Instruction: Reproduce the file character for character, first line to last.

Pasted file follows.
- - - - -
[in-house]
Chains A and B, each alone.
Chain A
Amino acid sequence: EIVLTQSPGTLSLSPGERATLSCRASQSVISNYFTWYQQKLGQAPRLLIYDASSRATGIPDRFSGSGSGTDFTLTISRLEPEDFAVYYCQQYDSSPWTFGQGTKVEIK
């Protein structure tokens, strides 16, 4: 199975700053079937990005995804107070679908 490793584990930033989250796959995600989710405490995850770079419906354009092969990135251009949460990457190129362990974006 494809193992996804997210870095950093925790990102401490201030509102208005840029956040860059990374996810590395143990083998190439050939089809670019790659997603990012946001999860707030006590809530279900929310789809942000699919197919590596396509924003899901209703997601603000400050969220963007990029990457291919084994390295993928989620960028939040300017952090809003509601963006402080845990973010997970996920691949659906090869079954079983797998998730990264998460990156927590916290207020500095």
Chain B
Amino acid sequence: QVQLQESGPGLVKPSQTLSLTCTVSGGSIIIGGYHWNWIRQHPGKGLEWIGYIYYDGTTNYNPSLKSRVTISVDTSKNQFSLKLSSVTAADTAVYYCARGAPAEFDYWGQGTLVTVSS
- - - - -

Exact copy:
[in-house]
Chains A and B, each alone.
Chain A
Amino acid sequence: EIVLTQSPGTLSLSPGERATLSCRASQSVISNYFTWYQQKLGQAPRLLIYDASSRATGIPDRFSGSGSGTDFTLTISRLEPEDFAVYYCQQYDSSPWTFGQGTKVEIK
């Protein structure tokens, strides 16, 4: 199975700053079937990005995804107070679908 490793584990930033989250796959995600989710405490995850770079419906354009092969990135251009949460990457190129362990974006 494809193992996804997210870095950093925790990102401490201030509102208005840029956040860059990374996810590395143990083998190439050939089809670019790659997603990012946001999860707030006590809530279900929310789809942000699919197919590596396509924003899901209703997601603000400050969220963007990029990457291919084994390295993928989620960028939040300017952090809003509601963006402080845990973010997970996920691949659906090869079954079983797998998730990264998460990156927590916290207020500095």
Chain B
Amino acid sequence: QVQLQESGPGLVKPSQTLSLTCTVSGGSIIIGGYHWNWIRQHPGKGLEWIGYIYYDGTTNYNPSLKSRVTISVDTSKNQFSLKLSSVTAADTAVYYCARGAPAEFDYWGQGTLVTVSS